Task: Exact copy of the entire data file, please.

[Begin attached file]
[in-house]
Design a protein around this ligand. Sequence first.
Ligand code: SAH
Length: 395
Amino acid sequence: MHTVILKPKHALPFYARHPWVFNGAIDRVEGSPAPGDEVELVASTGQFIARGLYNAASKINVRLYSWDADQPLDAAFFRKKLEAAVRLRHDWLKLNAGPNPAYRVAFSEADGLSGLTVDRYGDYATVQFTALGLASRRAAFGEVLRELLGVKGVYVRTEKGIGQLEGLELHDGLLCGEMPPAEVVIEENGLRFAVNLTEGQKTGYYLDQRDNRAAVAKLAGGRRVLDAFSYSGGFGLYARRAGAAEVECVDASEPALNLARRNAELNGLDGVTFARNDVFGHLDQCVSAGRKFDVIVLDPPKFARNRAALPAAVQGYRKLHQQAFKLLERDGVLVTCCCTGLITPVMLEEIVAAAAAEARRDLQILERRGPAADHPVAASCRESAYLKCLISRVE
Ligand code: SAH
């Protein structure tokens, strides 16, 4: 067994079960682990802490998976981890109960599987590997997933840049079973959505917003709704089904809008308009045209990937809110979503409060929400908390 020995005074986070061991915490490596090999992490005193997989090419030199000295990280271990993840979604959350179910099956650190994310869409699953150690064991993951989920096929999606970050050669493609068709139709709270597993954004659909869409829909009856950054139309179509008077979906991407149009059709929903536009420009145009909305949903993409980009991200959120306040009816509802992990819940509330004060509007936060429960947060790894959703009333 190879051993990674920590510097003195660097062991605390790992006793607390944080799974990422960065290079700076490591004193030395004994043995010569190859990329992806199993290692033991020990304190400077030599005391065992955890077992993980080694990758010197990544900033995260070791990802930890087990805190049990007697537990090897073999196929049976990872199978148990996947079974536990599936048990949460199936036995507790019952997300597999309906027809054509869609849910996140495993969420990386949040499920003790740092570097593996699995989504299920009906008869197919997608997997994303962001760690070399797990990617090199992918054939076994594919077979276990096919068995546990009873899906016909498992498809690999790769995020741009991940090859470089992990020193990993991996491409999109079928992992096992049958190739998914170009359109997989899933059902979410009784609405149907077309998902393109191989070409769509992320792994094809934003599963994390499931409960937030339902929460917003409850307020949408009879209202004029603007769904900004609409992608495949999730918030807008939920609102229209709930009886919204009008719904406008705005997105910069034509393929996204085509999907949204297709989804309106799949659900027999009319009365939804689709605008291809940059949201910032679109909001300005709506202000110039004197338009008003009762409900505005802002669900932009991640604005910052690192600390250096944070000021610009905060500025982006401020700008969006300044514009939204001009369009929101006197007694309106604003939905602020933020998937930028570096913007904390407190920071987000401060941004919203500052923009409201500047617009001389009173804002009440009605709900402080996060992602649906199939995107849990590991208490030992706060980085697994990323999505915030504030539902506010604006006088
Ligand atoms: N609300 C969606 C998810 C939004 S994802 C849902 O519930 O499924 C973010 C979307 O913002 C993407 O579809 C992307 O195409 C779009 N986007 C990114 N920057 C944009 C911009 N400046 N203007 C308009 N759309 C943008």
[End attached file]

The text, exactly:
[in-house]
Design a protein around this ligand. Sequence first.
Ligand code: SAH
Length: 395
Amino acid sequence: MHTVILKPKHALPFYARHPWVFNGAIDRVEGSPAPGDEVELVASTGQFIARGLYNAASKINVRLYSWDADQPLDAAFFRKKLEAAVRLRHDWLKLNAGPNPAYRVAFSEADGLSGLTVDRYGDYATVQFTALGLASRRAAFGEVLRELLGVKGVYVRTEKGIGQLEGLELHDGLLCGEMPPAEVVIEENGLRFAVNLTEGQKTGYYLDQRDNRAAVAKLAGGRRVLDAFSYSGGFGLYARRAGAAEVECVDASEPALNLARRNAELNGLDGVTFARNDVFGHLDQCVSAGRKFDVIVLDPPKFARNRAALPAAVQGYRKLHQQAFKLLERDGVLVTCCCTGLITPVMLEEIVAAAAAEARRDLQILERRGPAADHPVAASCRESAYLKCLISRVE
Ligand code: SAH
């Protein structure tokens, strides 16, 4: 067994079960682990802490998976981890109960599987590997997933840049079973959505917003709704089904809008308009045209990937809110979503409060929400908390 020995005074986070061991915490490596090999992490005193997989090419030199000295990280271990993840979604959350179910099956650190994310869409699953150690064991993951989920096929999606970050050669493609068709139709709270597993954004659909869409829909009856950054139309179509008077979906991407149009059709929903536009420009145009909305949903993409980009991200959120306040009816509802992990819940509330004060509007936060429960947060790894959703009333 190879051993990674920590510097003195660097062991605390790992006793607390944080799974990422960065290079700076490591004193030395004994043995010569190859990329992806199993290692033991020990304190400077030599005391065992955890077992993980080694990758010197990544900033995260070791990802930890087990805190049990007697537990090897073999196929049976990872199978148990996947079974536990599936048990949460199936036995507790019952997300597999309906027809054509869609849910996140495993969420990386949040499920003790740092570097593996699995989504299920009906008869197919997608997997994303962001760690070399797990990617090199992918054939076994594919077979276990096919068995546990009873899906016909498992498809690999790769995020741009991940090859470089992990020193990993991996491409999109079928992992096992049958190739998914170009359109997989899933059902979410009784609405149907077309998902393109191989070409769509992320792994094809934003599963994390499931409960937030339902929460917003409850307020949408009879209202004029603007769904900004609409992608495949999730918030807008939920609102229209709930009886919204009008719904406008705005997105910069034509393929996204085509999907949204297709989804309106799949659900027999009319009365939804689709605008291809940059949201910032679109909001300005709506202000110039004197338009008003009762409900505005802002669900932009991640604005910052690192600390250096944070000021610009905060500025982006401020700008969006300044514009939204001009369009929101006197007694309106604003939905602020933020998937930028570096913007904390407190920071987000401060941004919203500052923009409201500047617009001389009173804002009440009605709900402080996060992602649906199939995107849990590991208490030992706060980085697994990323999505915030504030539902506010604006006088
Ligand atoms: N609300 C969606 C998810 C939004 S994802 C849902 O519930 O499924 C973010 C979307 O913002 C993407 O579809 C992307 O195409 C779009 N986007 C990114 N920057 C944009 C911009 N400046 N203007 C308009 N759309 C943008």